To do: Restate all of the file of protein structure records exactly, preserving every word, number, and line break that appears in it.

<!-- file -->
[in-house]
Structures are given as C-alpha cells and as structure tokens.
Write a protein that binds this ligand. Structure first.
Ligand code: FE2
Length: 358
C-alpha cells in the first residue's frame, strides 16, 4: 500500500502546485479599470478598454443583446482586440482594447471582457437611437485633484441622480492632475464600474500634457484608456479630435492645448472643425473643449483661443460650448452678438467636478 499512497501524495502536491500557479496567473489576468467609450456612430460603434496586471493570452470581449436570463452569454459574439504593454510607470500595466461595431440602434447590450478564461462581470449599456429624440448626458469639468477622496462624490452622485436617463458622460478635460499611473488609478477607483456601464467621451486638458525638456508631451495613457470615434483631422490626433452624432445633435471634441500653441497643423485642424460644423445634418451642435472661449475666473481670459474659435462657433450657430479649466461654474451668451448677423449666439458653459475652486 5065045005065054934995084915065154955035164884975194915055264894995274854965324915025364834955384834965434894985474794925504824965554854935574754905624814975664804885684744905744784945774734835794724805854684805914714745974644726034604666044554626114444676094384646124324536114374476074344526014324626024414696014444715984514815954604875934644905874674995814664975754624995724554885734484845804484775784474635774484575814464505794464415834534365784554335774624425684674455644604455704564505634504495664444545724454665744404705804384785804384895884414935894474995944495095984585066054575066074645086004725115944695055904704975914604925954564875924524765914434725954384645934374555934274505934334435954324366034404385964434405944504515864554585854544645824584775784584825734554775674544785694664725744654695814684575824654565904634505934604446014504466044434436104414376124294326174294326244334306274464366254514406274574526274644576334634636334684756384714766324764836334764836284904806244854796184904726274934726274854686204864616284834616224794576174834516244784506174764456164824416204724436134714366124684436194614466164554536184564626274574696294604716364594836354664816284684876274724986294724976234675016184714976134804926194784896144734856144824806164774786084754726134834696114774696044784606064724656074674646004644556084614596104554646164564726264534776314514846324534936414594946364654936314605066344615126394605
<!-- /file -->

[in-house]
Structures are given as C-alpha cells and as structure tokens.
Write a protein that binds this ligand. Structure first.
Ligand code: FE2
Length: 358
C-alpha cells in the first residue's frame, strides 16, 4: 500500500502546485479599470478598454443583446482586440482594447471582457437611437485633484441622480492632475464600474500634457484608456479630435492645448472643425473643449483661443460650448452678438467636478 499512497501524495502536491500557479496567473489576468467609450456612430460603434496586471493570452470581449436570463452569454459574439504593454510607470500595466461595431440602434447590450478564461462581470449599456429624440448626458469639468477622496462624490452622485436617463458622460478635460499611473488609478477607483456601464467621451486638458525638456508631451495613457470615434483631422490626433452624432445633435471634441500653441497643423485642424460644423445634418451642435472661449475666473481670459474659435462657433450657430479649466461654474451668451448677423449666439458653459475652486 5065045005065054934995084915065154955035164884975194915055264894995274854965324915025364834955384834965434894985474794925504824965554854935574754905624814975664804885684744905744784945774734835794724805854684805914714745974644726034604666044554626114444676094384646124324536114374476074344526014324626024414696014444715984514815954604875934644905874674995814664975754624995724554885734484845804484775784474635774484575814464505794464415834534365784554335774624425684674455644604455704564505634504495664444545724454665744404705804384785804384895884414935894474995944495095984585066054575066074645086004725115944695055904704975914604925954564875924524765914434725954384645934374555934274505934334435954324366034404385964434405944504515864554585854544645824584775784584825734554775674544785694664725744654695814684575824654565904634505934604446014504466044434436104414376124294326174294326244334306274464366254514406274574526274644576334634636334684756384714766324764836334764836284904806244854796184904726274934726274854686204864616284834616224794576174834516244784506174764456164824416204724436134714366124684436194614466164554536184564626274574696294604716364594836354664816284684876274724986294724976234675016184714976134804926194784896144734856144824806164774786084754726134834696114774696044784606064724656074674646004644556084614596104554646164564726264534776314514846324534936414594946364654936314605066344615126394605